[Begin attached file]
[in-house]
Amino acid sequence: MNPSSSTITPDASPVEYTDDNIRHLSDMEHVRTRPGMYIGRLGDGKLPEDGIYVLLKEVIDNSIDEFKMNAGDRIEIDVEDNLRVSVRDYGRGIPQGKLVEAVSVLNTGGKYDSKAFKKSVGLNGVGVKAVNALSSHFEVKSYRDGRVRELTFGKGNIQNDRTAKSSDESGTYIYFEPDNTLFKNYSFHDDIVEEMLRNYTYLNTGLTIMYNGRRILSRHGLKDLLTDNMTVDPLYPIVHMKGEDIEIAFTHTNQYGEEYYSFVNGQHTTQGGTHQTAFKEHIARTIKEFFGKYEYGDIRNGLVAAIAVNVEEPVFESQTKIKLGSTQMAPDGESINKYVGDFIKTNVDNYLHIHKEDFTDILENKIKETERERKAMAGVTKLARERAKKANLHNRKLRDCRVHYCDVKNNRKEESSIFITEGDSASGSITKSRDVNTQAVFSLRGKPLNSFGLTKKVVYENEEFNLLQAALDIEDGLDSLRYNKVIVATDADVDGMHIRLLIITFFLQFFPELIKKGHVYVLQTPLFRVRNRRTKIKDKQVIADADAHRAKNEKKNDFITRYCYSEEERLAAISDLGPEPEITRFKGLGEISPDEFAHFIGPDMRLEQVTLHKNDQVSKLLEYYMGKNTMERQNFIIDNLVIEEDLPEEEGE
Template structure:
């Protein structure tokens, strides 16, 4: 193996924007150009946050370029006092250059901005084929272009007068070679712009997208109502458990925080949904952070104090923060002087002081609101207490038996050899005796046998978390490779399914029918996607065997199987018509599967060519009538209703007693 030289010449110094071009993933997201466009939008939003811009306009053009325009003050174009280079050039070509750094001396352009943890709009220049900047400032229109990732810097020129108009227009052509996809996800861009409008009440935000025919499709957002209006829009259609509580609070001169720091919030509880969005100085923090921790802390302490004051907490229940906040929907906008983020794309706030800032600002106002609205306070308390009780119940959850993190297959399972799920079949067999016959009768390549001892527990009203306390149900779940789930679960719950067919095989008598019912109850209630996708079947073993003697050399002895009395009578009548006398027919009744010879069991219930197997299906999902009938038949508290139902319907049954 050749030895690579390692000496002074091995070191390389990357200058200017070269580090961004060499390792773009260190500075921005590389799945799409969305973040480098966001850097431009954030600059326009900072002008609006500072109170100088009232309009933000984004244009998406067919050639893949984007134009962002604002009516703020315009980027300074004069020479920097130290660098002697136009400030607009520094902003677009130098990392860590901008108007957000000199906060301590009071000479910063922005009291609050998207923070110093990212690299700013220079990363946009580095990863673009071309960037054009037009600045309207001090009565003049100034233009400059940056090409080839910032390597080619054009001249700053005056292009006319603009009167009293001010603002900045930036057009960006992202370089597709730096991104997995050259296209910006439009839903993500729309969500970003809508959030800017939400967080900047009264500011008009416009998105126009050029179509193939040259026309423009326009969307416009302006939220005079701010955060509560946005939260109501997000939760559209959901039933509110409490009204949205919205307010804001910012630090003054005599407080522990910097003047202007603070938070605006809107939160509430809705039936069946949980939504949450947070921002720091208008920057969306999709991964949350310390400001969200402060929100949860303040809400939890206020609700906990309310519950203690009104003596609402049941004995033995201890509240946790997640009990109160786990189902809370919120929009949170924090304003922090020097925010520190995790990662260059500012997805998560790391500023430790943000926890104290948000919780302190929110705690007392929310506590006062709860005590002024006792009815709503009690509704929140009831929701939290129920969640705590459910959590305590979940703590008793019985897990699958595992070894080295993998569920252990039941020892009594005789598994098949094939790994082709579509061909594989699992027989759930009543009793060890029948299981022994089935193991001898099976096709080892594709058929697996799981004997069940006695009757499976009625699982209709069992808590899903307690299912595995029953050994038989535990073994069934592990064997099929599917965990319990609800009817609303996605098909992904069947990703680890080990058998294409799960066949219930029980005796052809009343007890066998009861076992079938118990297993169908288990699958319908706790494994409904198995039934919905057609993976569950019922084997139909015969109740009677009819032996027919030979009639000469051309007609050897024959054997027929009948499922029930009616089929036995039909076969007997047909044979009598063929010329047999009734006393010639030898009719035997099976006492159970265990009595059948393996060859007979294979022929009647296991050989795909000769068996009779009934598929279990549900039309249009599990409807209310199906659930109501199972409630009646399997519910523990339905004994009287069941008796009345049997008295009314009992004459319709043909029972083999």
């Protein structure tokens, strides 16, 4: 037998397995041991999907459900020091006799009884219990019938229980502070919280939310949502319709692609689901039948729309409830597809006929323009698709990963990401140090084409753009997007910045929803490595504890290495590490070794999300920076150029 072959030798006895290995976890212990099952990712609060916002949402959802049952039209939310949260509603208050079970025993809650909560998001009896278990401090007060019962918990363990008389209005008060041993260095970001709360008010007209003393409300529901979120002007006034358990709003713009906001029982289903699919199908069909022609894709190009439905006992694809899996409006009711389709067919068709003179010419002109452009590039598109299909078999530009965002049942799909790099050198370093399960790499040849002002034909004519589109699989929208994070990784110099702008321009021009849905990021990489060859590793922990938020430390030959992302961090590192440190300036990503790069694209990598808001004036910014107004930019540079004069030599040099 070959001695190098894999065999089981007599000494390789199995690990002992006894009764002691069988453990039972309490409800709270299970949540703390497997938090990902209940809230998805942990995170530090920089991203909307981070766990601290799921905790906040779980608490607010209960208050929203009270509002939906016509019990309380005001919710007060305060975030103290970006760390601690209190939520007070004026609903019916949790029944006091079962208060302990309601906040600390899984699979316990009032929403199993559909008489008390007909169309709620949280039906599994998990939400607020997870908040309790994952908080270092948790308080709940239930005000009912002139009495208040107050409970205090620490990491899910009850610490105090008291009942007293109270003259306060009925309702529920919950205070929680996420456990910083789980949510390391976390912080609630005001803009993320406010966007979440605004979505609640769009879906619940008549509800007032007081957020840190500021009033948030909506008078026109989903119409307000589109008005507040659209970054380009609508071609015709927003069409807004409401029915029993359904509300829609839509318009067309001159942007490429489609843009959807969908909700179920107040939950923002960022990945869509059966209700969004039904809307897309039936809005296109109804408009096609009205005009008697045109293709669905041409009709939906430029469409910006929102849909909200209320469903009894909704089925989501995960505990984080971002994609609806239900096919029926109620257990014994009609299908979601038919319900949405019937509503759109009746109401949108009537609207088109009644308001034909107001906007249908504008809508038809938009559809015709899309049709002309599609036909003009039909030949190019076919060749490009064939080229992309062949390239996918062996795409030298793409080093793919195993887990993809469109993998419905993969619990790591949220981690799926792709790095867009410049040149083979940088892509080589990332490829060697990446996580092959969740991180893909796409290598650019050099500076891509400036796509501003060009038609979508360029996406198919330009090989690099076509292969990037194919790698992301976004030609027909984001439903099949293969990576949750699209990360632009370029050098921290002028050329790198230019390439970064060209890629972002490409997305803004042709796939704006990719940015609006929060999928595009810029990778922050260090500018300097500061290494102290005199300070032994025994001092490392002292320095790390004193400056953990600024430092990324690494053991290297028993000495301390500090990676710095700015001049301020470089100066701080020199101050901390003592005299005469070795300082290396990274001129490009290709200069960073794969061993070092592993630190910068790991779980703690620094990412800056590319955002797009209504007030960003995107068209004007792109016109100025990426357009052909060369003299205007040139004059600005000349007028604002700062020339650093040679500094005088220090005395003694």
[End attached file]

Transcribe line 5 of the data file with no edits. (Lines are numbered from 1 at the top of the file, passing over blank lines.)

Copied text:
């Protein structure tokens, strides 16, 4: 037998397995041991999907459900020091006799009884219990019938229980502070919280939310949502319709692609689901039948729309409830597809006929323009698709990963990401140090084409753009997007910045929803490595504890290495590490070794999300920076150029 072959030798006895290995976890212990099952990712609060916002949402959802049952039209939310949260509603208050079970025993809650909560998001009896278990401090007060019962918990363990008389209005008060041993260095970001709360008010007209003393409300529901979120002007006034358990709003713009906001029982289903699919199908069909022609894709190009439905006992694809899996409006009711389709067919068709003179010419002109452009590039598109299909078999530009965002049942799909790099050198370093399960790499040849002002034909004519589109699989929208994070990784110099702008321009021009849905990021990489060859590793922990938020430390030959992302961090590192440190300036990503790069694209990598808001004036910014107004930019540079004069030599040099 070959001695190098894999065999089981007599000494390789199995690990002992006894009764002691069988453990039972309490409800709270299970949540703390497997938090990902209940809230998805942990995170530090920089991203909307981070766990601290799921905790906040779980608490607010209960208050929203009270509002939906016509019990309380005001919710007060305060975030103290970006760390601690209190939520007070004026609903019916949790029944006091079962208060302990309601906040600390899984699979316990009032929403199993559909008489008390007909169309709620949280039906599994998990939400607020997870908040309790994952908080270092948790308080709940239930005000009912002139009495208040107050409970205090620490990491899910009850610490105090008291009942007293109270003259306060009925309702529920919950205070929680996420456990910083789980949510390391976390912080609630005001803009993320406010966007979440605004979505609640769009879906619940008549509800007032007081957020840190500021009033948030909506008078026109989903119409307000589109008005507040659209970054380009609508071609015709927003069409807004409401029915029993359904509300829609839509318009067309001159942007490429489609843009959807969908909700179920107040939950923002960022990945869509059966209700969004039904809307897309039936809005296109109804408009096609009205005009008697045109293709669905041409009709939906430029469409910006929102849909909200209320469903009894909704089925989501995960505990984080971002994609609806239900096919029926109620257990014994009609299908979601038919319900949405019937509503759109009746109401949108009537609207088109009644308001034909107001906007249908504008809508038809938009559809015709899309049709002309599609036909003009039909030949190019076919060749490009064939080229992309062949390239996918062996795409030298793409080093793919195993887990993809469109993998419905993969619990790591949220981690799926792709790095867009410049040149083979940088892509080589990332490829060697990446996580092959969740991180893909796409290598650019050099500076891509400036796509501003060009038609979508360029996406198919330009090989690099076509292969990037194919790698992301976004030609027909984001439903099949293969990576949750699209990360632009370029050098921290002028050329790198230019390439970064060209890629972002490409997305803004042709796939704006990719940015609006929060999928595009810029990778922050260090500018300097500061290494102290005199300070032994025994001092490392002292320095790390004193400056953990600024430092990324690494053991290297028993000495301390500090990676710095700015001049301020470089100066701080020199101050901390003592005299005469070795300082290396990274001129490009290709200069960073794969061993070092592993630190910068790991779980703690620094990412800056590319955002797009209504007030960003995107068209004007792109016109100025990426357009052909060369003299205007040139004059600005000349007028604002700062020339650093040679500094005088220090005395003694």